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Oh noes: Iran's hateful anti-Israel rhetoric has made us... 'uncomfortable

In this photo released by an official website of the Iranian supreme leader's office on Wednesday, Nov. 20, 2013, Iran's Supreme Leader Ayatollah Ali Khamenei waves to members of the paramilitary Basij force at the Imam Khomeini Grand Mosque in Tehran, Iran. Khamenei says pressure from economic sanctions will never force the country into unwelcome concessions as nuclear negotiators resumed talks with world powers. Khamenei also blasted U.S. government policies, including threats of military action, but said Iran has "no animosity'" toward the American people and seeks "friendly" relations. (AP Photo/Office of the Supreme Leader)

In talks about reining in Iran's nuclear program in Geneva Wednesday, Iranian Supreme Leader Ali Khamenei belittled Israel as a "rabid dog" in the Middle East and insisted that economic sanctions will never force his country into concessions. In response to such hateful rhetoric, the United States defended her ally by... refusing to condemn it.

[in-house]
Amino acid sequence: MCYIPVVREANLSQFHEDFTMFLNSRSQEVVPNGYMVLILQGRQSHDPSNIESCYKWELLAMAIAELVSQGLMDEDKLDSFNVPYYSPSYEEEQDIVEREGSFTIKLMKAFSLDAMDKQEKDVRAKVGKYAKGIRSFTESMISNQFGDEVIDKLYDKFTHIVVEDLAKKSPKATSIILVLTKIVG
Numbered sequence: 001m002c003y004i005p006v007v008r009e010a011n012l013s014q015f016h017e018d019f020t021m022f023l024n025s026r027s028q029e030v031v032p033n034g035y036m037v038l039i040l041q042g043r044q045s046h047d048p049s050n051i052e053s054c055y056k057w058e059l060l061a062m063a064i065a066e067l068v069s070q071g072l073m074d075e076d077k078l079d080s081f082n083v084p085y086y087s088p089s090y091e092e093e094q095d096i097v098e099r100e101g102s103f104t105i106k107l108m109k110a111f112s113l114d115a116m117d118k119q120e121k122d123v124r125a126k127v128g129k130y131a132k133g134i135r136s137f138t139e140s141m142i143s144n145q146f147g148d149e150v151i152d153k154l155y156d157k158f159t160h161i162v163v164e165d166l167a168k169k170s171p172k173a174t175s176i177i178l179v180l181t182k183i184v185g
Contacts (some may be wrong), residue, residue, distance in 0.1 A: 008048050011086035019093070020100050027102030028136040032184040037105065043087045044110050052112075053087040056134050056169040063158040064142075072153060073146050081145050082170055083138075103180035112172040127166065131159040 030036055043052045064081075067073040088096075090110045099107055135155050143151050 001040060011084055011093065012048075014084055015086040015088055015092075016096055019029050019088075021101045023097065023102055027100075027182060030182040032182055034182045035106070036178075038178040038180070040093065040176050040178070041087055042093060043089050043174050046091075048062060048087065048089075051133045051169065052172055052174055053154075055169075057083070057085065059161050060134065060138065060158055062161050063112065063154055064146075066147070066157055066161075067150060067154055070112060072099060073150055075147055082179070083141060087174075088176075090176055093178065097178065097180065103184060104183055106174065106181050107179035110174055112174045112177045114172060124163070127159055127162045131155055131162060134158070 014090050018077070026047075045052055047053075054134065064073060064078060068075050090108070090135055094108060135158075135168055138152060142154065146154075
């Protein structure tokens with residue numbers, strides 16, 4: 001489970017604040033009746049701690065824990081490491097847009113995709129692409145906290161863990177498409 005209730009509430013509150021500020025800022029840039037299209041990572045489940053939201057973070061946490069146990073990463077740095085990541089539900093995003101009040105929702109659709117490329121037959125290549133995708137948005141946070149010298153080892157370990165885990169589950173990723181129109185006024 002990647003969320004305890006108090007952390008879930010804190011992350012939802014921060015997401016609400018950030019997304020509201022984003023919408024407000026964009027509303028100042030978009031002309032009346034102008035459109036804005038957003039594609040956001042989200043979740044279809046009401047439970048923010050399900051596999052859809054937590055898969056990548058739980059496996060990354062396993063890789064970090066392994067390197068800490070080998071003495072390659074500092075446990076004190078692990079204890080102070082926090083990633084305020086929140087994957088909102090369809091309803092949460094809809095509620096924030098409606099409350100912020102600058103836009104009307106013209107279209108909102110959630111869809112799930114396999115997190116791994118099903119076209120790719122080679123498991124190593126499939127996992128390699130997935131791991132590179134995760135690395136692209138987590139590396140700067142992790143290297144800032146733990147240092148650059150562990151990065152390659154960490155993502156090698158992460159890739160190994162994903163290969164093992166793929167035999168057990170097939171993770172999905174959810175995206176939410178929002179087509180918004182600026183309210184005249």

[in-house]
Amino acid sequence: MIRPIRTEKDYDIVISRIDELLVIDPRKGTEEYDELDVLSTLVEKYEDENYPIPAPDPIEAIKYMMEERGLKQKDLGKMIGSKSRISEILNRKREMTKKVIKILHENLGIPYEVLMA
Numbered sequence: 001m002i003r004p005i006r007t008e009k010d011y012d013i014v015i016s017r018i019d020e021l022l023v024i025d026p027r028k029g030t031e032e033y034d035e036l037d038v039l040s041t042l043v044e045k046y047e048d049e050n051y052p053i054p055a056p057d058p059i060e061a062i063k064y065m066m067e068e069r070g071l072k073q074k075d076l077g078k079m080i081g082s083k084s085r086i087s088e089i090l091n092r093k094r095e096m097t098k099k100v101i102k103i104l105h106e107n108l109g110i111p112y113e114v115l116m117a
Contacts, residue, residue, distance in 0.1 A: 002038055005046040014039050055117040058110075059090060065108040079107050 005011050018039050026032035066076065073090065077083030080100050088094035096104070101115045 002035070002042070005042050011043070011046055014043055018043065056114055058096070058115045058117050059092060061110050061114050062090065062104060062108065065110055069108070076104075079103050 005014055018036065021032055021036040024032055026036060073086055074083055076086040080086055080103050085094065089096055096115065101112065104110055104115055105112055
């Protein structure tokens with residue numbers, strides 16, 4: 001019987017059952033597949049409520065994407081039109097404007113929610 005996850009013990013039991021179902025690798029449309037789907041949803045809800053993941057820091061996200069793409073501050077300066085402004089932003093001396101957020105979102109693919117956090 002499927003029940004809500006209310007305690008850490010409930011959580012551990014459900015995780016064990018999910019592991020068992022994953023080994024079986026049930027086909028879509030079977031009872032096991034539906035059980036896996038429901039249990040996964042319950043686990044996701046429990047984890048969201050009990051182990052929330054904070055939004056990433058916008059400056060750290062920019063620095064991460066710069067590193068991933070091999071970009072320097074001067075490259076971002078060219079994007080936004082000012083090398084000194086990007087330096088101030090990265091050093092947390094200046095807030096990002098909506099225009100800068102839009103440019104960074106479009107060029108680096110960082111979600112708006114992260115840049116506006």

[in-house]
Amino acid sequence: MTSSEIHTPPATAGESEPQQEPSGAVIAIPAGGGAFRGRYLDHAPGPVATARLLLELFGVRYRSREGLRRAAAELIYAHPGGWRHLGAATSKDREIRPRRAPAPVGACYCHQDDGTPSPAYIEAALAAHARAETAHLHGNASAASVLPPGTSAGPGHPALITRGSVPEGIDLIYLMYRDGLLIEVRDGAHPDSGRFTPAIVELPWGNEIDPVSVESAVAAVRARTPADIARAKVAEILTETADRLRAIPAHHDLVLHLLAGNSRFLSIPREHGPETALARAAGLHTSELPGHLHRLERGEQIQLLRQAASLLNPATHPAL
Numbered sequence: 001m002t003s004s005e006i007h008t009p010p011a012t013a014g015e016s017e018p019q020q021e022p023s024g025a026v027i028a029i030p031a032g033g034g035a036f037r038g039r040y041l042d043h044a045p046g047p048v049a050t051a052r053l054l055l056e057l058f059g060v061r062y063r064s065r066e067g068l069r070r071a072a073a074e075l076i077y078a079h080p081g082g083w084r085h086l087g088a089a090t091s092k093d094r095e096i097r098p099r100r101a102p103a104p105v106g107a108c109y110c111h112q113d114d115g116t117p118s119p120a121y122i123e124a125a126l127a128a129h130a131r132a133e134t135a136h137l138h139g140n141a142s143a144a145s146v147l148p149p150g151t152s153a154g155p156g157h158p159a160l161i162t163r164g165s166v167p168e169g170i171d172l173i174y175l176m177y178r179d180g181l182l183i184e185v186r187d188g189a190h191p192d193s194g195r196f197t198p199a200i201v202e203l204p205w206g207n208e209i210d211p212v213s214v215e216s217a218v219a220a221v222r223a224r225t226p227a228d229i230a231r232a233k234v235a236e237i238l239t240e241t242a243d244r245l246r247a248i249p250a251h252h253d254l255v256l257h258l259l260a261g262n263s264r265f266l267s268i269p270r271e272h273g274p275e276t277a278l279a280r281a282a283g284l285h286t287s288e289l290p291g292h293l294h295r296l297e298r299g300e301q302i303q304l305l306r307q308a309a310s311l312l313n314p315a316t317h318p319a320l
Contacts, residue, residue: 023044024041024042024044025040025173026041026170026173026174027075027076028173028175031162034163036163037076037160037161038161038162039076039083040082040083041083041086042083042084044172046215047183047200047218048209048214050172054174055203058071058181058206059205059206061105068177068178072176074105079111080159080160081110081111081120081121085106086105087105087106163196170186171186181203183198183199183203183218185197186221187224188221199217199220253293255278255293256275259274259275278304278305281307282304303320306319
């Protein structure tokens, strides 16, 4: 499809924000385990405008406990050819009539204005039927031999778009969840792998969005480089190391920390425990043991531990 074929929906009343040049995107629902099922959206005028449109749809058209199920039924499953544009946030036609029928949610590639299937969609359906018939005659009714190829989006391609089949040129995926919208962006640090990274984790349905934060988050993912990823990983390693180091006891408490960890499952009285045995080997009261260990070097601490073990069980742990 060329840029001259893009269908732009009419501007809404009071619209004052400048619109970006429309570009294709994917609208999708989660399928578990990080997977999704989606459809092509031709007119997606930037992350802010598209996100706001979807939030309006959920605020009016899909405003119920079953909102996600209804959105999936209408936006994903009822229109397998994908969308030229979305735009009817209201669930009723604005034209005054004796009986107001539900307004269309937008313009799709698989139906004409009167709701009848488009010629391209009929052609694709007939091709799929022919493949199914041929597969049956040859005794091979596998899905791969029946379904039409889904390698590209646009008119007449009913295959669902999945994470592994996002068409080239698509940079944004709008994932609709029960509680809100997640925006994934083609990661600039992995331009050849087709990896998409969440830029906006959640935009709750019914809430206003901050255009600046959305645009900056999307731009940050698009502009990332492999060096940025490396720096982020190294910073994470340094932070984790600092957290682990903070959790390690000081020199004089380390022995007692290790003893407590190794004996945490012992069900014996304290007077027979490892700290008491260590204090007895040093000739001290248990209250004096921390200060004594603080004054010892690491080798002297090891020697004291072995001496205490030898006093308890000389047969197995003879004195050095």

Yes, once again, France is schooling us in international relations.  Rosie Gray of Buzzfeed reports:

A senior U.S. administration official said that inflammatory rhetoric by the Ayatollah Khamenei on Wednesday was “uncomfortable” but did not condemn it as unacceptable, as the French have done.

“Of course I don’t ever like it when people use rhetoric that in any way talks about the U.S. in ways that I find very uncomfortable and not warranted whatsoever,” the official told reporters assembled in Geneva to cover Iran nuclear talks this week.

“I do hearken back to what President Obama said at the UN General Assembly however. There are decades of mistrust between the United States and Iran,” the official said. “We certainly have had many people in our society say difficult things about Iran and Iranians, and not always necessarily made a difference between governmental decisions and culture and people — this is a very difficult terrain, is I guess my bottom line here, because there are these decades of mistrust.”

“So I would hope that neither in the U.S. nor Iran would leaders use rhetoric that may work well in a domestic constituency but add to the decades of mistrust on both sides.”

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